• Every animal is different. As you may know, not every pet will react the same to boarding. Think about what is right for your unique individual before committing. Do they like being around just a few dogs, or do they crave a larger pack? Would they do ok in a kennel throughout the day, or do they suffer from separation anxiety? You know your pet best, after all!

As I said before, go with your gut! You could always do a trial run before the big day arrives. Board your pup, or have them enjoy a day of daycare at the facility (or with the sitter) before you head out of town. If any issues arise, you’ll be close by. Plus you’ll get a night to yourself to be human!

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Hound for the Holidays

If you are lucky enough to spend the holidays with your dog, here are a few treats to keep them happy while you stuff yourself full of non-dog-friendly foods and drinks! More can be found at Rover.com

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  1. Dog Nog
  • 7oz plain greek yogurt
  • 2oz baby food (organic sweet potato & chicken)
  • 1/4 cup water
  • 1 egg (free range)
  • Peanut Butter Buddy Biscuits (use as a topper)

Combine yogurt, baby food, water, and egg in a blender until frothy. Top with a dog treat such as a Peanut Butter Buddy Biscuit

2. Frozen Pup Cakes

  • 1/3 cup peanut butter
  • 1/2 cup plain greek yogurt
  • 1 ripe banana
  • splash of unsweetened almond milk (or water)

Combine all ingredients in a blender until smooth. Add almond milk (or water) to get the desired consistency. Pour mixture into muffin tins and freeze until fully solid. Pop them out of the muffin tray and serve em up!

3. Sweet Potato Treats

  • 2 medium sweet potatoes (make 2 cups sweet potato puree)
  • 1 egg
  • 1/2 cup oats
  • 3 cups whole wheat flour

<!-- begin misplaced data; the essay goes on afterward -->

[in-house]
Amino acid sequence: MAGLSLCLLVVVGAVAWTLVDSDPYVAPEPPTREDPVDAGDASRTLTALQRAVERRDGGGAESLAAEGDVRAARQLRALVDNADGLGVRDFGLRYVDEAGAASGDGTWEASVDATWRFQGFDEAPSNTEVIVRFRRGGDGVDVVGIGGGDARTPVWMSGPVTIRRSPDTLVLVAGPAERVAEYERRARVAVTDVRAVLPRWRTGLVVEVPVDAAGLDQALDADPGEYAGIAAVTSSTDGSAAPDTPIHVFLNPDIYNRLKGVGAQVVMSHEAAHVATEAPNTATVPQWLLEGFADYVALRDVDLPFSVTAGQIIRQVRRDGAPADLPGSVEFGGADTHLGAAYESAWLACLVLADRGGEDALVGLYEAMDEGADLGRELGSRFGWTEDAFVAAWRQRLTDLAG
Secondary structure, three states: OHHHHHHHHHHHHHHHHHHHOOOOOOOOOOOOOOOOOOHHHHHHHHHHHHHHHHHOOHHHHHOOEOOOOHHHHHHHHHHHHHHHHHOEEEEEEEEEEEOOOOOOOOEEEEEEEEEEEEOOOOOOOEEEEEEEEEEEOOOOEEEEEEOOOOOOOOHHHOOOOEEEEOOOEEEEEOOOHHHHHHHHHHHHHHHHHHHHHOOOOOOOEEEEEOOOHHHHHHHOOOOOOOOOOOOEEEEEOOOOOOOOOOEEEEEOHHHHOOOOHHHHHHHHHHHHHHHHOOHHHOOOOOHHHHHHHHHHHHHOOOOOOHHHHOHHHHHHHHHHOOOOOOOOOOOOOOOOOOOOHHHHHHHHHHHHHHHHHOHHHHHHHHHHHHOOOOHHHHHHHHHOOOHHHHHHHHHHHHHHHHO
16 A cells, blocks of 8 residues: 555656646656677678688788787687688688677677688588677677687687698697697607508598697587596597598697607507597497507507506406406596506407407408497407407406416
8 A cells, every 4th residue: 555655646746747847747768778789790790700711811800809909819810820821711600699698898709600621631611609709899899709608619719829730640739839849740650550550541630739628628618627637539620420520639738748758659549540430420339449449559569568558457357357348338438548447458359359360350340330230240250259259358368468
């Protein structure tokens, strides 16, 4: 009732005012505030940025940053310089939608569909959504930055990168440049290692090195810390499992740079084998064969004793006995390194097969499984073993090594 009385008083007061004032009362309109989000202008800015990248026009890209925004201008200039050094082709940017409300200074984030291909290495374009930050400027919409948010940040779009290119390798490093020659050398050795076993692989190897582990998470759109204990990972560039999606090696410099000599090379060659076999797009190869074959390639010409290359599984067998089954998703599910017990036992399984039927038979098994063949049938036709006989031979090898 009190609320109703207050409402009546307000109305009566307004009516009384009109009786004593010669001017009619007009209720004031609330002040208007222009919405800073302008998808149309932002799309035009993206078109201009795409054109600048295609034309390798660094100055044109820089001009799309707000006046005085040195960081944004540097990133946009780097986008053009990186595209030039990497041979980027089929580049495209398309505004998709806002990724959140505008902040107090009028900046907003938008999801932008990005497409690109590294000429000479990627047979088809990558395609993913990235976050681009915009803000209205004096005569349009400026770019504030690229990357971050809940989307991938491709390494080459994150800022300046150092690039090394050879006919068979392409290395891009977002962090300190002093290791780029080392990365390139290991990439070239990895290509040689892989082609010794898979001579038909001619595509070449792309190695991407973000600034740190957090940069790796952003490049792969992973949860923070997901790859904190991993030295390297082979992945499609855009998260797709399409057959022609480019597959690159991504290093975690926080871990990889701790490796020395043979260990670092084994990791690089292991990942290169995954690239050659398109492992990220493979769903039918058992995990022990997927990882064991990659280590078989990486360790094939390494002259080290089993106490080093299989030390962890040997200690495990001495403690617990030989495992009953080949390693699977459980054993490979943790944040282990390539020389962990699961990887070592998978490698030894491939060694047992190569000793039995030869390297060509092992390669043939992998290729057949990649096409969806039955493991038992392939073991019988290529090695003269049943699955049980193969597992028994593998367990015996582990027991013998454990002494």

• 3 Tbsp peanut butter
  • 1/2 tsp cinnamon

Preheat oven to 350 degrees F. Peel and cube 2 medium sweet potatoes and bring to a boil in a pot of water. Simmer on low for 15-20 minutes (until soft). Drain and puree. In a separate bowl mix flour, oats, and cinnamon. In a separate larger bowl whisk egg, puree, and peanut butter. Mix wet ingredients with dry. Pour onto a flour surface and roll dough out to 1/4-3/8″ thick. Cut out cookie shapes using your choice of cookie cutter shapes. Dough will be slightly sticky. Flour helps! Bake for 30-35 minutes until golden brown. Let them cool and harden, then serve!

It’s always nice to treat your pet, but make sure they don’t over indulge this holiday season! Keep human dinner scraps clear from your furry friends reach! If you choose to share your bounty with your pets, make sure you set aside unsalted & unseasoned portions for them!

 

Howl-o-ween!

Halloween is my favorite time of year! Leaves are all orange, red, and yellow. Candy corn is abundant and I’m one of the very few people that enjoy it. And people are constantly posting adorable photos of their pets dressed up in cute costumes!

Halloween is a fun night (or several fun nights) for everyone! Including your furry friends! But some pets can get a bit overwhelmed with the Tricks and Treats!

Here are some helpful tips to keep your pets safe and happy this Halloween:

  • Keep your pets inside! There are a lot of weird people in this world, and Halloween is the perfect time for them to wander the streets. Keep your pets inside to ensure their safety. Even in the small, quiet suburb I grew up in we had teenagers in the neighborhood that “sacrificed” kittens. Terrible, but true.
  • Now that they’re inside, create a quiet space for them! Having kids ringing the doorbell every few minutes can get on anyone’s nerves, and it can give your pets a lot of anxiety. Even the sweetest of dogs can end up growling at a child. It’s best to create a nice snuggly spot in the bedroom with some calming music on in the background. Giving them their favorite treat is a nice addition!